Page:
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First Coast

Jacksonville’s LGBT Protections Could Be Tested Under Local, State Or Federal Efforts

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Philippa Willitts
/
Flickr

Some advocates are monitoring efforts before the Florida Legislature and in Jacksonville that could chip away at LGBT protections the city enacted last year.

Last February City Council amended Jacksonville’s human rights laws to protect gay and transgender people from discrimination. In a dance party outside City Hall, people celebrated the vote making it so landlords, employers and business owners can’t legally refuse housing, jobs or service just because someone’s gay, bisexual or transgender.

But local LGBT activists who campaigned for the protections, like attorney Jimmy Midyette, say the fight isn’t necessarily over.

“I’m confident (the protections will) stick,” he said. “I’ve looked at the landscape and there’s been a legal challenge that didn’t go anywhere.”

Last month, a judge dismissed a suit against the city that tried to invalidate the new HRO protections, but similar efforts are still in the works.

A group called Empower Jacksonville is collecting petition signatures for a ballot initiative giving residents the right to vote to overturn ordinances they see as unjust.  

The group tweeted, “If our referendum passes, Duval County voters can repeal the HRO as early as March 2019.”

Midyette said he’s not terribly concerned although he’s advising LGBT supporters to not sign the petitions.

A state measure on the table could also potentially impact LGBT rights. It’s  sponsored by Sen. Dennis Baxley, R-Ocala, and Rep. Jay Fant, R-Jacksonville.

“This effort is by necessity,” Fant said.”This is in defense of the United States Constitution which unfortunately in this country is always under attack by the left.”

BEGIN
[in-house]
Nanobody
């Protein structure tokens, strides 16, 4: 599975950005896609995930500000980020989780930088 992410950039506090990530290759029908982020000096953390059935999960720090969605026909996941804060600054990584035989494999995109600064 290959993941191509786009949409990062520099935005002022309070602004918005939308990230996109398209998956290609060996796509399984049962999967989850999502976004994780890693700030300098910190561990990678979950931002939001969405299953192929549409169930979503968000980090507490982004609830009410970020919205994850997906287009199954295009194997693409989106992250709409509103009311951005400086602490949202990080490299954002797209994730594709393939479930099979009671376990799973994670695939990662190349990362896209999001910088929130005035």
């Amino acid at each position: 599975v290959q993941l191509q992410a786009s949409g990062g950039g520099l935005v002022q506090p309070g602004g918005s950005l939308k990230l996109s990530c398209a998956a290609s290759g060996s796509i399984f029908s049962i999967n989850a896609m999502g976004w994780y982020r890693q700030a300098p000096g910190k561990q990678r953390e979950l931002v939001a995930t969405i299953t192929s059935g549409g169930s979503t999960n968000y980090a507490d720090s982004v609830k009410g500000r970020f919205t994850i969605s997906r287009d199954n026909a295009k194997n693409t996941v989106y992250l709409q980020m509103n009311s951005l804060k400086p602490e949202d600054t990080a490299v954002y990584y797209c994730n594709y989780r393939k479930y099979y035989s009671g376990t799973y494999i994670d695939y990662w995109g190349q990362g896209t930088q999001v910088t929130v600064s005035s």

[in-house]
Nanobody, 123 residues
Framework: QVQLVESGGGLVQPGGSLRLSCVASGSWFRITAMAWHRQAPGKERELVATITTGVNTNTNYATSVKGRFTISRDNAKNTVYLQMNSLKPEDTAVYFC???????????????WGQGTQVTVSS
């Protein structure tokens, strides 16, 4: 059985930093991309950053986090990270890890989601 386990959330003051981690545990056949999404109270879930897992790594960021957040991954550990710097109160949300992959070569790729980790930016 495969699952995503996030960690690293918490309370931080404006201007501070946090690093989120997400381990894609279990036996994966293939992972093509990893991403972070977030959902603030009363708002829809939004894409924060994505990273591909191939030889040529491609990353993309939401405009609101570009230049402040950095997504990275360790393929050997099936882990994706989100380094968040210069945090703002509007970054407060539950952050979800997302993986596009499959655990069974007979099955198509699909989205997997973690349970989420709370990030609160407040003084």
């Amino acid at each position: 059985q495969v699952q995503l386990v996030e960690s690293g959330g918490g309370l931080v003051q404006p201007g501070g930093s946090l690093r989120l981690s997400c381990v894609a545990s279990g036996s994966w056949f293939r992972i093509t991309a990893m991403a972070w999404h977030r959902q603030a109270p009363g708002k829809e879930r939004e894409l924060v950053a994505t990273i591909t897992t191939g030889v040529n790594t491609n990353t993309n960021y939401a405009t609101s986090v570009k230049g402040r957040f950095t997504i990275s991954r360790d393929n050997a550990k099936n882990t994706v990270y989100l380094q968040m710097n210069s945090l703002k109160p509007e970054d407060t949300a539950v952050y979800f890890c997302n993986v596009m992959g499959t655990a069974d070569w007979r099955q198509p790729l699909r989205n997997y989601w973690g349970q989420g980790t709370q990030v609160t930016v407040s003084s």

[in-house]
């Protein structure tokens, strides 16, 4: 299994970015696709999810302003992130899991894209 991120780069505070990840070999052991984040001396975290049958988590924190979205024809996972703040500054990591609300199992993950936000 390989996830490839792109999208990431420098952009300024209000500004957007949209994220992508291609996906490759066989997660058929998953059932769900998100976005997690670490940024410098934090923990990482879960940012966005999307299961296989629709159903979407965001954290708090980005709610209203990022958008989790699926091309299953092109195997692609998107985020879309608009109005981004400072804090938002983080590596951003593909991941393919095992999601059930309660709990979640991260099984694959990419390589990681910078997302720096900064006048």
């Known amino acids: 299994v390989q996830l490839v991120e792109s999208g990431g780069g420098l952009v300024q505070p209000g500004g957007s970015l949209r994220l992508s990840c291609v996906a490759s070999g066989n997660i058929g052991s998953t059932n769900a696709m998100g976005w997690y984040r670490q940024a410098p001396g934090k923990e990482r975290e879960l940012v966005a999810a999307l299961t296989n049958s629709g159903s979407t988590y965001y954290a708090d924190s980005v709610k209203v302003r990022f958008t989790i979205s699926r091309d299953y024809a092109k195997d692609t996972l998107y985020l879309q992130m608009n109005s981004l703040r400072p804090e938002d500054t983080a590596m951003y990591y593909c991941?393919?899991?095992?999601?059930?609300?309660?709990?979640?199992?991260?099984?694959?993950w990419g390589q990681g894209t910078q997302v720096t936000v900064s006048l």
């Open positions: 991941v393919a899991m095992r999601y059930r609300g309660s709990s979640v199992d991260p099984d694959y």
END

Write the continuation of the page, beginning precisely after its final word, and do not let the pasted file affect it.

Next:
Fant is calling it the Free Enterprise Protection Act and says it “will simply state that if you reserve your religious liberty values in not creating something in your business, which is different than serving somebody, we serve everybody in our businesses.”

He says his bill is a response to an ongoing U.S. Supreme Court case involving a Colorado baker, who says his freedom of artistic expression would be infringed on if he had to decorate a wedding cake for a same-sex couple.

Fant says he wants to make sure employers can protect their artistic and religious freedoms.

“When somebody says you must create something in your creative business the way we want you to create it, you have the right to say ‘I don’t prefer to do that. It violates my religious conscious,” Fant said.

He said that's different than serving customers.

“If you were walking into a commodity shop and they’re selling lifesavers, everyone gets to buy lifesavers,” Fant said.

But University of Florida law professor Danaya Wright said Fant’s bill doesn’t spell out the difference between service and artistic expression.

“I do not believe his bill would cut that out at all, [or] would make that distinction,” she said.

Fant’s proposal prohibits governments from discriminating against businesses on the basis of a company’s internal policies. The bill says discriminatory actions against a business could mean the city denying a it a license or charging it a penalty fee.

Wright said it’s a bit unclear how the bill would affect local LGBT protections.

“I would argue that enforcing a local ordinance that is of general applicability and is a neutral ordinance, enforcing it against a business that is violating it, is not discrimination,” she said.

Wright said a lot of the possible implications depend on the outcome in the Colorado case. She said if the court decides artistic services by businesses are freedom of expression and protected by the First Amendment: “Then suddenly a large array of businesses and business activities would be able to discriminate under this bill,” she said.

Wright said if the state bill passes, it’ll most likely be challenged under a federal equal protection clause under the Constitution. It will have to be determined if the intent of the bill is to discriminate against LGBT people, or to encourage religious freedoms.

If its intent is to encourage religious freedoms she said, “then we ask ourselves is it accomplishing this goal in the best means possible, in the least discriminatory means possible?”

Photo used under Creative Commons.

Lindsey Kilbride can be reached at lkilbride@wjct.org, 904-358-6359 or on Twitter at@lindskilbride.